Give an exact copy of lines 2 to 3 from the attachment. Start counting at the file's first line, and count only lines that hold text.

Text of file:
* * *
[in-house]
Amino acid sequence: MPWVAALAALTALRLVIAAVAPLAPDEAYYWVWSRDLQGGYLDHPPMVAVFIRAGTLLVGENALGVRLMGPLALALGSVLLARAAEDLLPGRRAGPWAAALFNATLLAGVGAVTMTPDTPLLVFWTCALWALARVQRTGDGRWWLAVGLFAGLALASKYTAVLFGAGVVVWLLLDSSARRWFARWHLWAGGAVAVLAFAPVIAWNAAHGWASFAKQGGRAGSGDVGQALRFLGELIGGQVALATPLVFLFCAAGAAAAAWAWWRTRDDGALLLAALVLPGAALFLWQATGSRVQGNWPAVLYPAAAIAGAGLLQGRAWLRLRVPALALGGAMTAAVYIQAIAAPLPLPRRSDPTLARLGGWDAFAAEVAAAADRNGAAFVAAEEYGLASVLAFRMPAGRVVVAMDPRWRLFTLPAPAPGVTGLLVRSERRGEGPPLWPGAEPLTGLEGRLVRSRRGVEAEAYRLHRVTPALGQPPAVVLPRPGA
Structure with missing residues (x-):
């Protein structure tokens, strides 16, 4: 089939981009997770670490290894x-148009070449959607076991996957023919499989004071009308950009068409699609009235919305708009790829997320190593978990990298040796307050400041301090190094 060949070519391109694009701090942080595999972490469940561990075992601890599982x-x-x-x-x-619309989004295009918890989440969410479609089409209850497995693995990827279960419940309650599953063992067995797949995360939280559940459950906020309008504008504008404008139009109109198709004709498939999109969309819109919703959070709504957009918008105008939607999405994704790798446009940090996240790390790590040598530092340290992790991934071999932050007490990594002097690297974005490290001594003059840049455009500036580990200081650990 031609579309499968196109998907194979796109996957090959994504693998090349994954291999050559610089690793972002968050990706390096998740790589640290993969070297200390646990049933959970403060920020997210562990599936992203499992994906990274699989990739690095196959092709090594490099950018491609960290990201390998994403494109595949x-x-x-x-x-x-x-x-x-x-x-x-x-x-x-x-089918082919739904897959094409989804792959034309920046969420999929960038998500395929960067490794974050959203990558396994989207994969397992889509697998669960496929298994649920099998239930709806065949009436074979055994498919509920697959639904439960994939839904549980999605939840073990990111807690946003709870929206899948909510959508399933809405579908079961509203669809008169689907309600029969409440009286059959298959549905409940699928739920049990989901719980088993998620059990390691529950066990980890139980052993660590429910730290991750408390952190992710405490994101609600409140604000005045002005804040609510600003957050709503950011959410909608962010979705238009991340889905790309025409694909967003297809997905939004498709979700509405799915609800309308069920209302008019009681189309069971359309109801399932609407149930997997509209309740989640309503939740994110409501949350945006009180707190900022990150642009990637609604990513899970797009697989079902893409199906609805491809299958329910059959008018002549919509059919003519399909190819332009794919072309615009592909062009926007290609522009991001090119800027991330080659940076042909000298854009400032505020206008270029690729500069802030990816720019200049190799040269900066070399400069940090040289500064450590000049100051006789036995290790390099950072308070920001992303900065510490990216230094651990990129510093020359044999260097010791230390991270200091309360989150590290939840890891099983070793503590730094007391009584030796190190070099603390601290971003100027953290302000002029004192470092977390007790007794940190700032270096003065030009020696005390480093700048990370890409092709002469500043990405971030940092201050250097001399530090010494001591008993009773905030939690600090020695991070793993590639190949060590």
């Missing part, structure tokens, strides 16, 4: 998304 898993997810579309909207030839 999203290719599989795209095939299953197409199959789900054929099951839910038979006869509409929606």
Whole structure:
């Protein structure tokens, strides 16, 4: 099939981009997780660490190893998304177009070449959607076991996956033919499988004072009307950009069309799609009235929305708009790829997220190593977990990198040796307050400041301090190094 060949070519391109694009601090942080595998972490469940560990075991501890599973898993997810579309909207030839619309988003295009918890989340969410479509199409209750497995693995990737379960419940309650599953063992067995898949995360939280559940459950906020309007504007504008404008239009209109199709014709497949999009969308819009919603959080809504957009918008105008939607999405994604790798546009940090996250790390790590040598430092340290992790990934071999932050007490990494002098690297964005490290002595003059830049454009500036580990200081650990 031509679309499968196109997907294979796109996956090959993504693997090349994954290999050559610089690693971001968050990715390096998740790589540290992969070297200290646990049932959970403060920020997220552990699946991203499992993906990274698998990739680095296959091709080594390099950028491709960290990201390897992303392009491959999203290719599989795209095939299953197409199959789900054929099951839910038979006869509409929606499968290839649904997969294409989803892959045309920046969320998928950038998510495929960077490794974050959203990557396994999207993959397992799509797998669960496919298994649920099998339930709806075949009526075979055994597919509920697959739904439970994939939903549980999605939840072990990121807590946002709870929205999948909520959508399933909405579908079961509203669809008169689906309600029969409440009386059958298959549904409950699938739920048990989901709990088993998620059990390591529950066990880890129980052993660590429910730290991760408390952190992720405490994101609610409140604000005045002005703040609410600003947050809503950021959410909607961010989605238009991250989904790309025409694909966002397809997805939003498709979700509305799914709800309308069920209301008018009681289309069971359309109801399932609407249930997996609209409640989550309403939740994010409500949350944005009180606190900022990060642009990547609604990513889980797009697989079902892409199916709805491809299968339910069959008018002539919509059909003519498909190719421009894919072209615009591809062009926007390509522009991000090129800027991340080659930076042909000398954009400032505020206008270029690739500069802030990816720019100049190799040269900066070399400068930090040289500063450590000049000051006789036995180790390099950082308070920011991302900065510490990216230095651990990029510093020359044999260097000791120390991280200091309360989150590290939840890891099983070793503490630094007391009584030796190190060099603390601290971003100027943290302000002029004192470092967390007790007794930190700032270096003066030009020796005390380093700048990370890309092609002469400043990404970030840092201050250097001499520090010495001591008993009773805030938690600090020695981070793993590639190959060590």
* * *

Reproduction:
Amino acid sequence: MPWVAALAALTALRLVIAAVAPLAPDEAYYWVWSRDLQGGYLDHPPMVAVFIRAGTLLVGENALGVRLMGPLALALGSVLLARAAEDLLPGRRAGPWAAALFNATLLAGVGAVTMTPDTPLLVFWTCALWALARVQRTGDGRWWLAVGLFAGLALASKYTAVLFGAGVVVWLLLDSSARRWFARWHLWAGGAVAVLAFAPVIAWNAAHGWASFAKQGGRAGSGDVGQALRFLGELIGGQVALATPLVFLFCAAGAAAAAWAWWRTRDDGALLLAALVLPGAALFLWQATGSRVQGNWPAVLYPAAAIAGAGLLQGRAWLRLRVPALALGGAMTAAVYIQAIAAPLPLPRRSDPTLARLGGWDAFAAEVAAAADRNGAAFVAAEEYGLASVLAFRMPAGRVVVAMDPRWRLFTLPAPAPGVTGLLVRSERRGEGPPLWPGAEPLTGLEGRLVRSRRGVEAEAYRLHRVTPALGQPPAVVLPRPGA
Structure with missing residues (x-):